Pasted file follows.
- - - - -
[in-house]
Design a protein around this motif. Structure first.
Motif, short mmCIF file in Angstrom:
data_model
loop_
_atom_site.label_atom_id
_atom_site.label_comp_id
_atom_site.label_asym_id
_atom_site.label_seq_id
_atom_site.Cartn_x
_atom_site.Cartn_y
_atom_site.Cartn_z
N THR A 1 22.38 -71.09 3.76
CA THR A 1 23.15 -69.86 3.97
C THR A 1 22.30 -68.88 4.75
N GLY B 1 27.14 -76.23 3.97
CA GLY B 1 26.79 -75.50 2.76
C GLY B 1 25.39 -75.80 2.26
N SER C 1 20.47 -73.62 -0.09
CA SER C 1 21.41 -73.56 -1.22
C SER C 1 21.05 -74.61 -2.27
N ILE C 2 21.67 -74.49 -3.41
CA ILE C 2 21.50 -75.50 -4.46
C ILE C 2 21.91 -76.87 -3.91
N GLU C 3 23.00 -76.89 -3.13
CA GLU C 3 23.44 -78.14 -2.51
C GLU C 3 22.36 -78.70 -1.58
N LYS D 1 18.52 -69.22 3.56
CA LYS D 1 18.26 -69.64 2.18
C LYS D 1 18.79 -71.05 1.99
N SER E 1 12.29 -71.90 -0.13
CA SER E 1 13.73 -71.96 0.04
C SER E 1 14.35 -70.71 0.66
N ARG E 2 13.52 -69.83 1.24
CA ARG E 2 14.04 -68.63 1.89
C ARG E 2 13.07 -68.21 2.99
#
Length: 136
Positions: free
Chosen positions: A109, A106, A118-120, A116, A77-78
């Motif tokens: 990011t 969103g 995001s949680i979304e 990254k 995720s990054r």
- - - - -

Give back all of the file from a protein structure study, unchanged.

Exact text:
[in-house]
Design a protein around this motif. Structure first.
Motif, short mmCIF file in Angstrom:
data_model
loop_
_atom_site.label_atom_id
_atom_site.label_comp_id
_atom_site.label_asym_id
_atom_site.label_seq_id
_atom_site.Cartn_x
_atom_site.Cartn_y
_atom_site.Cartn_z
N THR A 1 22.38 -71.09 3.76
CA THR A 1 23.15 -69.86 3.97
C THR A 1 22.30 -68.88 4.75
N GLY B 1 27.14 -76.23 3.97
CA GLY B 1 26.79 -75.50 2.76
C GLY B 1 25.39 -75.80 2.26
N SER C 1 20.47 -73.62 -0.09
CA SER C 1 21.41 -73.56 -1.22
C SER C 1 21.05 -74.61 -2.27
N ILE C 2 21.67 -74.49 -3.41
CA ILE C 2 21.50 -75.50 -4.46
C ILE C 2 21.91 -76.87 -3.91
N GLU C 3 23.00 -76.89 -3.13
CA GLU C 3 23.44 -78.14 -2.51
C GLU C 3 22.36 -78.70 -1.58
N LYS D 1 18.52 -69.22 3.56
CA LYS D 1 18.26 -69.64 2.18
C LYS D 1 18.79 -71.05 1.99
N SER E 1 12.29 -71.90 -0.13
CA SER E 1 13.73 -71.96 0.04
C SER E 1 14.35 -70.71 0.66
N ARG E 2 13.52 -69.83 1.24
CA ARG E 2 14.04 -68.63 1.89
C ARG E 2 13.07 -68.21 2.99
#
Length: 136
Positions: free
Chosen positions: A109, A106, A118-120, A116, A77-78
């Motif tokens: 990011t 969103g 995001s949680i979304e 990254k 995720s990054r």